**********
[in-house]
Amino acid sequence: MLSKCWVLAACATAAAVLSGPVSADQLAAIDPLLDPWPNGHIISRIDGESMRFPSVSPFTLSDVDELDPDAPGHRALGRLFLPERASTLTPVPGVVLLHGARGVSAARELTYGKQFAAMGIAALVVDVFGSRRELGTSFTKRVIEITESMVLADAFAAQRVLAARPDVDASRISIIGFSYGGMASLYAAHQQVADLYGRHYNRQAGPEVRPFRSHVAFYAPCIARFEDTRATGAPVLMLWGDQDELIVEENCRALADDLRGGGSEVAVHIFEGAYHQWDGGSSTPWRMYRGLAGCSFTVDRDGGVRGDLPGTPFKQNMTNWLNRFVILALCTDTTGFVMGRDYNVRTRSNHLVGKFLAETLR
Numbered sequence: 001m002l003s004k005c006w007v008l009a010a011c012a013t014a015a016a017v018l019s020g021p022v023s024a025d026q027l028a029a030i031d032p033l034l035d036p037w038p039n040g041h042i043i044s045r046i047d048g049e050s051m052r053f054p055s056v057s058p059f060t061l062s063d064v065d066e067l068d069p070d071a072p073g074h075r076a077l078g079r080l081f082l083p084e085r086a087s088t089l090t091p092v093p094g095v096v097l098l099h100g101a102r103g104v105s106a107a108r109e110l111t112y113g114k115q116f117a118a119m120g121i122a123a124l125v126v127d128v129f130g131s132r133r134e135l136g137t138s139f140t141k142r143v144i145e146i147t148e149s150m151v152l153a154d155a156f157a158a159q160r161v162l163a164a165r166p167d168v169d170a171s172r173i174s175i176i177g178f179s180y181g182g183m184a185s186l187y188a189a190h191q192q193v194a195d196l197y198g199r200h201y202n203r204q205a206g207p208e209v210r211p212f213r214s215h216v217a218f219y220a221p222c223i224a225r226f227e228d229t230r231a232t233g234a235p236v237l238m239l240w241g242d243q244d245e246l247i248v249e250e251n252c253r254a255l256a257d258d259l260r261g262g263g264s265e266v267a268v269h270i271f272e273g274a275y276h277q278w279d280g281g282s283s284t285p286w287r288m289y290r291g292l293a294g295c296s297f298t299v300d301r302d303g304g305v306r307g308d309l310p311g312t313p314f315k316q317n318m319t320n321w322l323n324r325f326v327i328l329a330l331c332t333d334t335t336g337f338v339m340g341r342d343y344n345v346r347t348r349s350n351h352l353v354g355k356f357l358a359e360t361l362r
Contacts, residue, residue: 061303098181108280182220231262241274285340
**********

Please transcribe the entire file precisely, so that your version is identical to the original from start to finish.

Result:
[in-house]
Amino acid sequence: MLSKCWVLAACATAAAVLSGPVSADQLAAIDPLLDPWPNGHIISRIDGESMRFPSVSPFTLSDVDELDPDAPGHRALGRLFLPERASTLTPVPGVVLLHGARGVSAARELTYGKQFAAMGIAALVVDVFGSRRELGTSFTKRVIEITESMVLADAFAAQRVLAARPDVDASRISIIGFSYGGMASLYAAHQQVADLYGRHYNRQAGPEVRPFRSHVAFYAPCIARFEDTRATGAPVLMLWGDQDELIVEENCRALADDLRGGGSEVAVHIFEGAYHQWDGGSSTPWRMYRGLAGCSFTVDRDGGVRGDLPGTPFKQNMTNWLNRFVILALCTDTTGFVMGRDYNVRTRSNHLVGKFLAETLR
Numbered sequence: 001m002l003s004k005c006w007v008l009a010a011c012a013t014a015a016a017v018l019s020g021p022v023s024a025d026q027l028a029a030i031d032p033l034l035d036p037w038p039n040g041h042i043i044s045r046i047d048g049e050s051m052r053f054p055s056v057s058p059f060t061l062s063d064v065d066e067l068d069p070d071a072p073g074h075r076a077l078g079r080l081f082l083p084e085r086a087s088t089l090t091p092v093p094g095v096v097l098l099h100g101a102r103g104v105s106a107a108r109e110l111t112y113g114k115q116f117a118a119m120g121i122a123a124l125v126v127d128v129f130g131s132r133r134e135l136g137t138s139f140t141k142r143v144i145e146i147t148e149s150m151v152l153a154d155a156f157a158a159q160r161v162l163a164a165r166p167d168v169d170a171s172r173i174s175i176i177g178f179s180y181g182g183m184a185s186l187y188a189a190h191q192q193v194a195d196l197y198g199r200h201y202n203r204q205a206g207p208e209v210r211p212f213r214s215h216v217a218f219y220a221p222c223i224a225r226f227e228d229t230r231a232t233g234a235p236v237l238m239l240w241g242d243q244d245e246l247i248v249e250e251n252c253r254a255l256a257d258d259l260r261g262g263g264s265e266v267a268v269h270i271f272e273g274a275y276h277q278w279d280g281g282s283s284t285p286w287r288m289y290r291g292l293a294g295c296s297f298t299v300d301r302d303g304g305v306r307g308d309l310p311g312t313p314f315k316q317n318m319t320n321w322l323n324r325f326v327i328l329a330l331c332t333d334t335t336g337f338v339m340g341r342d343y344n345v346r347t348r349s350n351h352l353v354g355k356f357l358a359e360t361l362r
Contacts, residue, residue: 061303098181108280182220231262241274285340